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Shakespeare on Tour

When we think of William Shakespeare we invariably link the great man to either his home town of Stratford-upon-Avon, or with London and the place to which he is most famously acquainted, The Globe Theatre.

So it came as somewhat of a surprise to the team working on the Shakespeare On Tour project to discover just how much Shakespeare and the different companies in which he was involved toured all corners of England - both during the Bard’s own lifetime and in the years following his death in 1616.

Shakespeare in his study. Credit - Yale Center for British Art, Paul Mellon Fund.

Records of Early English Drama (REED)

The details of this touring have been brought to light partly thanks to a forty-year academic research project which painstakingly delves into the records kept in town halls or other civic places – documents which tell us which acting groups performed in the town, when, and even how much they were paid.

This piece of work, by a team of academics working under the project title Records of Early English Drama (REED) identifies acting groups to which Shakespeare was most closely associated performing towns across the country. Among the references in town records are visits from acting companies such as Pembroke’s Men, the Lord Chamberlain’s Men, and finally the company for which Shakespeare wrote most of his plays, ….the King’s Men.

Not only do some records reveal how much such troupes were paid, they can also start to explain why they happened to be there – hints at how they were treated by the town authorities. Academics can also speculate about which plays they might have performed, and – most tantalisingly of all – whether Shakespeare himself was with the company, perhaps himself performing.

This gives rise to some amazing stories…how Shakespeare’s company the King’s Men were turned away from his home town of Stratford…how the plague would have had an influence on the players hitting the road to go on a massive regional tour…how his players trod established routes and seem to return again and again to certain places (Ipswich, ten times!)

British Library Playbills

But this is not the whole story of Shakespeare on Tour, which seeks to capture the explosion in the performance of Shakespeare’s plays from his own lifetime, to the present day.

We also track how Shakespeare was embraced during subsequent centuries…by the Victorians…and through more modern interpretations.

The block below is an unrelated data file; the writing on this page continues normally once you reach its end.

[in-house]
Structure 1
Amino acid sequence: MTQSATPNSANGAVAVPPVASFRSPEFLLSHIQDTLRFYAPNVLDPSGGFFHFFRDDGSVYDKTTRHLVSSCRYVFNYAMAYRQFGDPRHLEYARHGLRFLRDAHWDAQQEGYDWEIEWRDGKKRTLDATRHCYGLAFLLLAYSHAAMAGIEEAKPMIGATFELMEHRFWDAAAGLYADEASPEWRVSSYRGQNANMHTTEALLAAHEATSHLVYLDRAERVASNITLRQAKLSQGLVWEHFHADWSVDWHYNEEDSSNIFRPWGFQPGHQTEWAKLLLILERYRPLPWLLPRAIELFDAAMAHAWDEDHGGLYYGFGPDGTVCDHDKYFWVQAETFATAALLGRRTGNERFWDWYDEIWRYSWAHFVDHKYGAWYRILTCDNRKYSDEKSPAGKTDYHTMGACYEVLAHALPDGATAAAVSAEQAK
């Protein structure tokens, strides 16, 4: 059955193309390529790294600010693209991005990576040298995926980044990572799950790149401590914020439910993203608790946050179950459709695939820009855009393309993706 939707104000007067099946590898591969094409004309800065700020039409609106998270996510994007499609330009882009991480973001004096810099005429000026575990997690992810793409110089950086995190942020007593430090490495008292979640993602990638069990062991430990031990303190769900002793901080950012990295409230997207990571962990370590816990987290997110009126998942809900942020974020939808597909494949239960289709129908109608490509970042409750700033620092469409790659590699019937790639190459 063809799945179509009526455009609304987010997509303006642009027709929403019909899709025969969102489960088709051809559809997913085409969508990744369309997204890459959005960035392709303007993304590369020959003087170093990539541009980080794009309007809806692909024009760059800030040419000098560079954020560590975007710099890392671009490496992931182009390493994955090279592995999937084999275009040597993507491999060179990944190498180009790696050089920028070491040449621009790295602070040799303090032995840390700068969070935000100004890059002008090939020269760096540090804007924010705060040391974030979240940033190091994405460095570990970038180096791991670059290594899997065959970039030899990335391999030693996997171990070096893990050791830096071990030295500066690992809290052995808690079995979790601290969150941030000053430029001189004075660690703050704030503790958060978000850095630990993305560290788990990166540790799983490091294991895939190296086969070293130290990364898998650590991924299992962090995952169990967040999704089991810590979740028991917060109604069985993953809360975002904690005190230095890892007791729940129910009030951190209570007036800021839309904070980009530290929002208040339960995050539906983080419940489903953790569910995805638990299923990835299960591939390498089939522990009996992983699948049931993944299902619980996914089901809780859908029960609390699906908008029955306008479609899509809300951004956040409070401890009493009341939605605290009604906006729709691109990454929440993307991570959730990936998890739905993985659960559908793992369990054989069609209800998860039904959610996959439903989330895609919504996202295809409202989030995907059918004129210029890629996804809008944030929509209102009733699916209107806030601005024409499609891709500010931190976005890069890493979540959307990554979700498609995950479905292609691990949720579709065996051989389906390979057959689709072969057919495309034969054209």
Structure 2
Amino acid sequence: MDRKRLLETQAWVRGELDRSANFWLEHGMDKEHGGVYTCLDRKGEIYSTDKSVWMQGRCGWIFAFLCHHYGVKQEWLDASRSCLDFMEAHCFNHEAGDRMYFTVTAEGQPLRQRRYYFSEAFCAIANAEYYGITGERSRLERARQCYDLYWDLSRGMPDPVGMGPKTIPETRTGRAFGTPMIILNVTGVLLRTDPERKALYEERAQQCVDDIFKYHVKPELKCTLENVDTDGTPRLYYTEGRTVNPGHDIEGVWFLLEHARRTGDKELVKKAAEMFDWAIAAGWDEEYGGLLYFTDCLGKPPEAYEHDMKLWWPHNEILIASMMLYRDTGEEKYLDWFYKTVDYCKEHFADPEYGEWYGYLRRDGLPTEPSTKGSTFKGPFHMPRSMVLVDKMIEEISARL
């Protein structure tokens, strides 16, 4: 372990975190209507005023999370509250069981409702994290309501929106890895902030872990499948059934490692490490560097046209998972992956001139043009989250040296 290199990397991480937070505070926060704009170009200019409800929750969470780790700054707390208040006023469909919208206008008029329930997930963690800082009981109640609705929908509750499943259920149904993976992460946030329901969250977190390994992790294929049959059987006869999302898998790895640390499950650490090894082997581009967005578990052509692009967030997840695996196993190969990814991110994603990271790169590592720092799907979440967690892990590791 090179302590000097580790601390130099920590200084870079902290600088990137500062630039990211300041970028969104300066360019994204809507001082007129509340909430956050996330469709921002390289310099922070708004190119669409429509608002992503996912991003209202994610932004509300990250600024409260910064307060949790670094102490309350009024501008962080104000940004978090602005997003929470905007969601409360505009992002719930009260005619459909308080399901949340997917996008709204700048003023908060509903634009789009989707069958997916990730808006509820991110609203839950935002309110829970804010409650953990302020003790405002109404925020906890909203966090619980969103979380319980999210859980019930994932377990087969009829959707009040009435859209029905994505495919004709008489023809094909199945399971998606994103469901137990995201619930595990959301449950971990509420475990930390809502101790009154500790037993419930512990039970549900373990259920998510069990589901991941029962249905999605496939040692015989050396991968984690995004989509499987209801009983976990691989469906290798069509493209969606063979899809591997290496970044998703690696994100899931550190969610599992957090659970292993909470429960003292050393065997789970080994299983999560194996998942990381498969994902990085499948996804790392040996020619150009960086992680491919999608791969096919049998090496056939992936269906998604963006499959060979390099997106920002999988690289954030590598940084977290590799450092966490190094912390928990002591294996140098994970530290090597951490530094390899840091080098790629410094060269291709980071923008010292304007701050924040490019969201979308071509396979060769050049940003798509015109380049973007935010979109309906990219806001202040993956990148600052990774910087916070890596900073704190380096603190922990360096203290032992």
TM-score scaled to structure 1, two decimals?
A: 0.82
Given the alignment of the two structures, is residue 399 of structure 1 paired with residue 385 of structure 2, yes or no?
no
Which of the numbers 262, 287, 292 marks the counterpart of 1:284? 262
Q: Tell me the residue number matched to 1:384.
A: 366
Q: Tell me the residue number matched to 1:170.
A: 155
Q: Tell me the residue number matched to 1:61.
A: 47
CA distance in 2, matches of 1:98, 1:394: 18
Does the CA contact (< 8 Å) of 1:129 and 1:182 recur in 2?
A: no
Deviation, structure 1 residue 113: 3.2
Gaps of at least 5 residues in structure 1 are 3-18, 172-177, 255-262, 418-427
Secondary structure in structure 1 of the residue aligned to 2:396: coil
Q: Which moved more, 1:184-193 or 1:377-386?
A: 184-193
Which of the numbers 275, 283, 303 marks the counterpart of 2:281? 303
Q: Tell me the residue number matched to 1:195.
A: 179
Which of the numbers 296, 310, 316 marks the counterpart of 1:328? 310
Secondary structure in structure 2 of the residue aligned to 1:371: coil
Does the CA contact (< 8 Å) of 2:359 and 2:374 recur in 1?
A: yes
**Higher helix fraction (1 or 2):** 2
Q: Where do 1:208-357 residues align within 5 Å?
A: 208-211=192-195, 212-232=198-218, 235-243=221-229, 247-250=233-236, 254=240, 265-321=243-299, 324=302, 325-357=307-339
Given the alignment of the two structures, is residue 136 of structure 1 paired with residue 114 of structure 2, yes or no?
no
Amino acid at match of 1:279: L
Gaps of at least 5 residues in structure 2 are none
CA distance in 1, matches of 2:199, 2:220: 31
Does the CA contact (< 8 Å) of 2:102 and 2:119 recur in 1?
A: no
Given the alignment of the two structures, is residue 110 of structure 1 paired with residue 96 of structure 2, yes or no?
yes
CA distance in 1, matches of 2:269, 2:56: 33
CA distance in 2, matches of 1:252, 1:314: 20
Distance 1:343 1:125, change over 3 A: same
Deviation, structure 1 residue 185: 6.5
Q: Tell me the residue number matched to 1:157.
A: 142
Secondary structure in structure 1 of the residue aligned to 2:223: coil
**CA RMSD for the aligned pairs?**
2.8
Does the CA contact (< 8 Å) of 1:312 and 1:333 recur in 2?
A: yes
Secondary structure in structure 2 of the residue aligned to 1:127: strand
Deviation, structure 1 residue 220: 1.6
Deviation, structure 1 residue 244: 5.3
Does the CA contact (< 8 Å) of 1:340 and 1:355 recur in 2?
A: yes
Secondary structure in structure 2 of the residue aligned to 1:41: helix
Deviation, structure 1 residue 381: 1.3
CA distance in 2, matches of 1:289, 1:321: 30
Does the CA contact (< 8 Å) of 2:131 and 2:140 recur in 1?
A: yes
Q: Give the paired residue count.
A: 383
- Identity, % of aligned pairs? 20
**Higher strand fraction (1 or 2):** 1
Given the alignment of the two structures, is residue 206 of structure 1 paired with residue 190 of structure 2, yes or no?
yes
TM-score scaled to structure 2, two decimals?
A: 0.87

These performances out in the ‘provinces of England’ as they were then called, show Shakespeare becoming increasingly revered by the emerging theatre network across the country. And how do we know this? Because thousands upon thousands of theatre playbills have been kept and preserved from the 18th and 19th centuries by the British Library.

These playbills tell us stories of women becoming more prevalent in performances; of the first black actor to play Othello; how child actors were put on stage for their novelty value - even performing seriously adult parts such as Shylock, for the tender age of nine!

Ira Aldridge, the first black Shakespearean. Credit - Beinecke Collection.
Playbill courtesy of British Library

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They reveal how fame was the prize for those gaining a reputation for brilliance as a Shakespearean actor, particularly in London. But we also see Shakespeare reaching different communities outside of the star-spangled capital. Some performances are especially for farming communities…others for masonic lodges…and in other playbills we see Shakespeare scenes performed almost as a variety night for the masses.

Using these fantastic twin sources of the REED project and the British Library playbills Shakespeare on Tour is able to tease out for audiences some of the iconic moments in the performance of Shakespeare from his day and on into the late 19th century.

We’ve had helpful guidance and context for our audiences along the way, through commentary and expert observation from British Library curators and REED experts themselves.

Forensic academic scrutiny has also come from Dr Siobhan Keenan, Reader in Shakespeare and Renaissance Literature at de Montfort University in Leicester, author of a number of books on Shakespeare.

And we’re grateful for the support of the Arts and Humanities Research Council, which played a major part in driving momentum behind the idea.

All the stories are illustrated with some amazing images from the time…with thanks to the many partner organisations helping us to overcome the huge challenge of illustrating these stories with pictures.

And we don’t stop there.

Richard III...starring a horse?

BBC Local Radio

With the help of our local journalists across BBC Local Radio we will be broadcasting some of the best of these stories, while starting to build a picture of the more recent Shakespearean moments in each area, through archives and local knowledge.

So while we launch this website and the project on March 21, 2016, we will bring in more stories of performances in more recent times throughout the year, as the nation continues to mark 400 years since William Shakespeare’s death.

We hope you enjoy the tour…

The Weird Sisters. Credit: Yale Center for British Art/Paul Mellon Fund.
An engraving of actress Sarah Siddons. Courtesy of Yale Center for British Art